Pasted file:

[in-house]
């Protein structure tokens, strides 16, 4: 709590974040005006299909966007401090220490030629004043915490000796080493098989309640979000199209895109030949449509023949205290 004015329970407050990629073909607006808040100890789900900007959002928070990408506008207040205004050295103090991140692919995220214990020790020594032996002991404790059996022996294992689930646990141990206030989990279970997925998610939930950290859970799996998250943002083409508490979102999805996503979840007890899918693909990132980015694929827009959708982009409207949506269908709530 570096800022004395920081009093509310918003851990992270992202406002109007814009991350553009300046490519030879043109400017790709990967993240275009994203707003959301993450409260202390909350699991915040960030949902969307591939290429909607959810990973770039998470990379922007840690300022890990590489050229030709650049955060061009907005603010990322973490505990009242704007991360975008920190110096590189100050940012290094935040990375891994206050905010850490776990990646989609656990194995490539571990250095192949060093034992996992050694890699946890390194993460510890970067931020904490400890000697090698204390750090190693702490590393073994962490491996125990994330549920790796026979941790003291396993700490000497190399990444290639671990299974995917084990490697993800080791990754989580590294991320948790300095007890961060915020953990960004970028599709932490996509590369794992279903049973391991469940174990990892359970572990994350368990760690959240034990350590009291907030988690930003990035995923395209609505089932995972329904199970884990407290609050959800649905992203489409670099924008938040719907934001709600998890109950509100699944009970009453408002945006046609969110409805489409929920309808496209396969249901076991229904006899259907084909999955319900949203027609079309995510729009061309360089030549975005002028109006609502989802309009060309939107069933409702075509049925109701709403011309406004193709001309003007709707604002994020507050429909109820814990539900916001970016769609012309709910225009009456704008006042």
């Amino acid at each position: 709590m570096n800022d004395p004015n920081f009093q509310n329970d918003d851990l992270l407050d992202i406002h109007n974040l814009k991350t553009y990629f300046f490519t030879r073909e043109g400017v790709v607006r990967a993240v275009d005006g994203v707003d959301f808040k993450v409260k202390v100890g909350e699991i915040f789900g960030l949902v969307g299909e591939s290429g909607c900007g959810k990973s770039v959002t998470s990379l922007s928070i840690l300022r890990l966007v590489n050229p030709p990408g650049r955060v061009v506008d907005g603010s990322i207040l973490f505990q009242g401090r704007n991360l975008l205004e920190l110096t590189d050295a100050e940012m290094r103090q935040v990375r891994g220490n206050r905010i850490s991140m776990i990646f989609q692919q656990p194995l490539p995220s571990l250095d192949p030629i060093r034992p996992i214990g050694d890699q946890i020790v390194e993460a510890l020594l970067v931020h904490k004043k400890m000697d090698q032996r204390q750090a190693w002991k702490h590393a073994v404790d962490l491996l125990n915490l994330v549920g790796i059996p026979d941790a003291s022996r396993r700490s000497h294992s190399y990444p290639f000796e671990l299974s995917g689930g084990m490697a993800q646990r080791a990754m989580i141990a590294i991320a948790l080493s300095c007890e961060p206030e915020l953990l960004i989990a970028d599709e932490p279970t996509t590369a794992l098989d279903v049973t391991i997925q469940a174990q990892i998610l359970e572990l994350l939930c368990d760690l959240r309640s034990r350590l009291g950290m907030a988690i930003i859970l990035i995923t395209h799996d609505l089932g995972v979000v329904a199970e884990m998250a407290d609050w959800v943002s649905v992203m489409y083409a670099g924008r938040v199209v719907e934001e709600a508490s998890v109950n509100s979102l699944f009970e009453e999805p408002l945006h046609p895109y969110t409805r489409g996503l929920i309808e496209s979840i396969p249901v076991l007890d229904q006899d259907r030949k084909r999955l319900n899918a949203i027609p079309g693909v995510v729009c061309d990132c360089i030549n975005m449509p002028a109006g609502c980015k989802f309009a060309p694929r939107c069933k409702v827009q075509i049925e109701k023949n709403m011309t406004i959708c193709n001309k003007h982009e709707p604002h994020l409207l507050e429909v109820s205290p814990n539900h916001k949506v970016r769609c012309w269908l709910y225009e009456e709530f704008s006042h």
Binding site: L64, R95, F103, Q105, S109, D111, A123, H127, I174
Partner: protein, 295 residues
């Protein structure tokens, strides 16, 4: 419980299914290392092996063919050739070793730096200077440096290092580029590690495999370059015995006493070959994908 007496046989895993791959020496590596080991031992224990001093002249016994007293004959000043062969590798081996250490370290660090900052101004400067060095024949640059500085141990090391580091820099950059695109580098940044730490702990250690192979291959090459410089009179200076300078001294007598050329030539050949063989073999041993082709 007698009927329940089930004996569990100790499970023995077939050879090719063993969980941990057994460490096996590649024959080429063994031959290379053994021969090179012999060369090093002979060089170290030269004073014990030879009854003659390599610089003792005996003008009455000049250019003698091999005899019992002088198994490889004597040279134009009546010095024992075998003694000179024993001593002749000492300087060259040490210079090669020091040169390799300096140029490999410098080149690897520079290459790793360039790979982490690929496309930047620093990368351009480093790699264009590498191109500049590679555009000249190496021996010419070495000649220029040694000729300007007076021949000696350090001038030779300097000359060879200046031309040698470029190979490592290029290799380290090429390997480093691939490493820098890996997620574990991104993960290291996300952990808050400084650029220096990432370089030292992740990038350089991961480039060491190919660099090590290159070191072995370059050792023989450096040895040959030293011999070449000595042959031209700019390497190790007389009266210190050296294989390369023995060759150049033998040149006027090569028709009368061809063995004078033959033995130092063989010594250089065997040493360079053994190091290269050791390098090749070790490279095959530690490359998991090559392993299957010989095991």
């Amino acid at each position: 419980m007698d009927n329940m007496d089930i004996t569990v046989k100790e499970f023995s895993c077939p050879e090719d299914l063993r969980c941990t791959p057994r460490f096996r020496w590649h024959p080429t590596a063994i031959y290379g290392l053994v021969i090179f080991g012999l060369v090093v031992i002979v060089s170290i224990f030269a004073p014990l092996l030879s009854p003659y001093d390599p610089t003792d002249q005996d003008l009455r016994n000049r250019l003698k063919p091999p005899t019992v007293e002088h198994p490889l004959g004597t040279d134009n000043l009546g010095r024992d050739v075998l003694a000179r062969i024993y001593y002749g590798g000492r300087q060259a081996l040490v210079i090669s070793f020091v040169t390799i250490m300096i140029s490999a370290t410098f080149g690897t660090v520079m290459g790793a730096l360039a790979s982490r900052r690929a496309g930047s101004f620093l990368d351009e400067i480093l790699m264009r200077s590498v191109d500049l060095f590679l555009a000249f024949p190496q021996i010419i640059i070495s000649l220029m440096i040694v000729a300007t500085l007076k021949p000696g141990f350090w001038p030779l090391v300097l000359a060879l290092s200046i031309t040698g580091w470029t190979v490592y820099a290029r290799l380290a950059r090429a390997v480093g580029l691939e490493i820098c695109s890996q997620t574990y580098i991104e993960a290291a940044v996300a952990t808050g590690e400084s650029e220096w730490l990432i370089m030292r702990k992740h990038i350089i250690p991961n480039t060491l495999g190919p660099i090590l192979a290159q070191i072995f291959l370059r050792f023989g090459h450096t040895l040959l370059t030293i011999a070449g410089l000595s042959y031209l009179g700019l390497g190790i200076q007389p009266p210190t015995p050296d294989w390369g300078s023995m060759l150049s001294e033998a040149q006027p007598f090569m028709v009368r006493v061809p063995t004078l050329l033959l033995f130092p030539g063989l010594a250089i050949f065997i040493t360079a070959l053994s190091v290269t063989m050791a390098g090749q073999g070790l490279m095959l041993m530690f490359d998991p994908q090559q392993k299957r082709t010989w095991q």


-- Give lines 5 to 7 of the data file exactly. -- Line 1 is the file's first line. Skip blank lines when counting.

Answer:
Partner: protein, 295 residues
């Protein structure tokens, strides 16, 4: 419980299914290392092996063919050739070793730096200077440096290092580029590690495999370059015995006493070959994908 007496046989895993791959020496590596080991031992224990001093002249016994007293004959000043062969590798081996250490370290660090900052101004400067060095024949640059500085141990090391580091820099950059695109580098940044730490702990250690192979291959090459410089009179200076300078001294007598050329030539050949063989073999041993082709 007698009927329940089930004996569990100790499970023995077939050879090719063993969980941990057994460490096996590649024959080429063994031959290379053994021969090179012999060369090093002979060089170290030269004073014990030879009854003659390599610089003792005996003008009455000049250019003698091999005899019992002088198994490889004597040279134009009546010095024992075998003694000179024993001593002749000492300087060259040490210079090669020091040169390799300096140029490999410098080149690897520079290459790793360039790979982490690929496309930047620093990368351009480093790699264009590498191109500049590679555009000249190496021996010419070495000649220029040694000729300007007076021949000696350090001038030779300097000359060879200046031309040698470029190979490592290029290799380290090429390997480093691939490493820098890996997620574990991104993960290291996300952990808050400084650029220096990432370089030292992740990038350089991961480039060491190919660099090590290159070191072995370059050792023989450096040895040959030293011999070449000595042959031209700019390497190790007389009266210190050296294989390369023995060759150049033998040149006027090569028709009368061809063995004078033959033995130092063989010594250089065997040493360079053994190091290269050791390098090749070790490279095959530690490359998991090559392993299957010989095991």
């Amino acid at each position: 419980m007698d009927n329940m007496d089930i004996t569990v046989k100790e499970f023995s895993c077939p050879e090719d299914l063993r969980c941990t791959p057994r460490f096996r020496w590649h024959p080429t590596a063994i031959y290379g290392l053994v021969i090179f080991g012999l060369v090093v031992i002979v060089s170290i224990f030269a004073p014990l092996l030879s009854p003659y001093d390599p610089t003792d002249q005996d003008l009455r016994n000049r250019l003698k063919p091999p005899t019992v007293e002088h198994p490889l004959g004597t040279d134009n000043l009546g010095r024992d050739v075998l003694a000179r062969i024993y001593y002749g590798g000492r300087q060259a081996l040490v210079i090669s070793f020091v040169t390799i250490m300096i140029s490999a370290t410098f080149g690897t660090v520079m290459g790793a730096l360039a790979s982490r900052r690929a496309g930047s101004f620093l990368d351009e400067i480093l790699m264009r200077s590498v191109d500049l060095f590679l555009a000249f024949p190496q021996i010419i640059i070495s000649l220029m440096i040694v000729a300007t500085l007076k021949p000696g141990f350090w001038p030779l090391v300097l000359a060879l290092s200046i031309t040698g580091w470029t190979v490592y820099a290029r290799l380290a950059r090429a390997v480093g580029l691939e490493i820098c695109s890996q997620t574990y580098i991104e993960a290291a940044v996300a952990t808050g590690e400084s650029e220096w730490l990432i370089m030292r702990k992740h990038i350089i250690p991961n480039t060491l495999g190919p660099i090590l192979a290159q070191i072995f291959l370059r050792f023989g090459h450096t040895l040959l370059t030293i011999a070449g410089l000595s042959y031209l009179g700019l390497g190790i200076q007389p009266p210190t015995p050296d294989w390369g300078s023995m060759l150049s001294e033998a040149q006027p007598f090569m028709v009368r006493v061809p063995t004078l050329l033959l033995f130092p030539g063989l010594a250089i050949f065997i040493t360079a070959l053994s190091v290269t063989m050791a390098g090749q073999g070790l490279m095959l041993m530690f490359d998991p994908q090559q392993k299957r082709t010989w095991q």